And David K. Belsky, press officer and director of new media at SUNY, initially offered to comment on this story. However, after being asked how much of the $1.7 million is spent on lobbying initiatives related to the Department of Defense and Homeland Security, what the actual education, research, and training programs are, and why SUNY would be lobbying for bills like The Chemical Facility Antiterrorism Act (H.R. 2868). Belsky did not respond to any of our question. Instead, he referred us back to Hooks, who was not willing to answer any questions or disclose any information related to the lobbying reports.
Inside the Reports
The reports can, to an extent, speak for themselves: one lobbying report filed in 2009 by Michael Trunzo, SUNY Vice Chancellor for Governmental Relations, includes a “lobbying activity” for the aforementioned Chemical Facility Antiterrorism Act (H.R. 2868). Herman is the only listed lobbyist for SUNY on that bill.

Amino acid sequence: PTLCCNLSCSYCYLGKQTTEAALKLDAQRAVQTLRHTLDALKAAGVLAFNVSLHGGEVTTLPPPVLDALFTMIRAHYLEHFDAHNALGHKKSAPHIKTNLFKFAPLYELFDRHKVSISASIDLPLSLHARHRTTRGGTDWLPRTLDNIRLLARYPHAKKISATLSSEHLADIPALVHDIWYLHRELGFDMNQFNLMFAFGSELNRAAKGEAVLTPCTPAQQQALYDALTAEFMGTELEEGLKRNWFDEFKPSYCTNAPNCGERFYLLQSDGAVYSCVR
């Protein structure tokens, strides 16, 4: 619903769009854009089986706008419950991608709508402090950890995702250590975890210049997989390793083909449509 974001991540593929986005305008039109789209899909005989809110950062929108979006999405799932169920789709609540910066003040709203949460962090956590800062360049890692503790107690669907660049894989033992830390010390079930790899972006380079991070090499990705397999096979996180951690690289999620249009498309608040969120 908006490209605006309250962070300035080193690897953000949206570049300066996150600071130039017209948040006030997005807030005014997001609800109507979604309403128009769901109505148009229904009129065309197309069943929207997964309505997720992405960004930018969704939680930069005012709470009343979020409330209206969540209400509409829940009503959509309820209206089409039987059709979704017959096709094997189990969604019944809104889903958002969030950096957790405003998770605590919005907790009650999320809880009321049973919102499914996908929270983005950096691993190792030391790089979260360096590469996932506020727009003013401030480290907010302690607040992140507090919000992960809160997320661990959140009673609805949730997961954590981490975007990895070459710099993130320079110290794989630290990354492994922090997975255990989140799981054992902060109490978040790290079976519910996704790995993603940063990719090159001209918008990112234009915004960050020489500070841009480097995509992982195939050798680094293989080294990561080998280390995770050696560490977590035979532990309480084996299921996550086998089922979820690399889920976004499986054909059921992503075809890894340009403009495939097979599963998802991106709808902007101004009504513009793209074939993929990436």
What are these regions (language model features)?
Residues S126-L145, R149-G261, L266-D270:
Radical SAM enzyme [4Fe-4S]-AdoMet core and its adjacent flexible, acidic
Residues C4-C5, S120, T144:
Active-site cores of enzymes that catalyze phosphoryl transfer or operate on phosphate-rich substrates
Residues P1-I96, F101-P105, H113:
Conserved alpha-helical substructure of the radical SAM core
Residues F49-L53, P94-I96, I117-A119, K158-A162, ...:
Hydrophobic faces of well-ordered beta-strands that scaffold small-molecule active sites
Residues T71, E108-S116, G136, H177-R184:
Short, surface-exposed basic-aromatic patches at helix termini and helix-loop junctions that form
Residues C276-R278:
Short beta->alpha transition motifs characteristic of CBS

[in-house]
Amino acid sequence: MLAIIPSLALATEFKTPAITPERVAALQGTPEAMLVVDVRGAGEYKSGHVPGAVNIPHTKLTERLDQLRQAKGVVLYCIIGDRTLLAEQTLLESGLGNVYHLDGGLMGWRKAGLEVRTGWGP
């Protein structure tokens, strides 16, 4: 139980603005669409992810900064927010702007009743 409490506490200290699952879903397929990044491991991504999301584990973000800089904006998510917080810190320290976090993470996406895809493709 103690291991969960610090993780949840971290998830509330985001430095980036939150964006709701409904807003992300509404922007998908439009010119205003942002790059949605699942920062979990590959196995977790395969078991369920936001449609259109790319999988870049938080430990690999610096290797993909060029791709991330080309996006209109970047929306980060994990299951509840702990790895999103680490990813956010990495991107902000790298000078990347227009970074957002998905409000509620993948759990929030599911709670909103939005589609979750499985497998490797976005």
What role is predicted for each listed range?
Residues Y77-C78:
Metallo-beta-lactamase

The goals of the bill, which never became law, were to amend the Homeland Security Act of 2002 to enhance security and protect against acts of terrorism against chemical facilities. It also sought to amend the Safe Drinking Water Act in order to bolster the security of public water systems and amend the Federal Water Pollution Control Act to strengthen the security of wastewater treatment works.
“I wouldn’t think universities would lobby for a bill like that [H.R. 2868] unless it had a provision in it that would either exempt universities from a requirement or amend existing laws that would decrease bureaucracy in some way,” Marburger said. In a closer examination of the bill’s language, subtle and somewhat nebulous links can be drawn between its non-academic goals and higher education. One section of the bill stipulates that it will “establish, as appropriate…procedures for security vulnerability assessments and site security plans for covered chemical facilities that are also academic laboratories.” Academic laboratories are later defined in the bill as facilities owned by an institution of higher education where relatively small quantities of chemicals are used for teaching, research, and diagnostic purposes, and are typically handled by one person.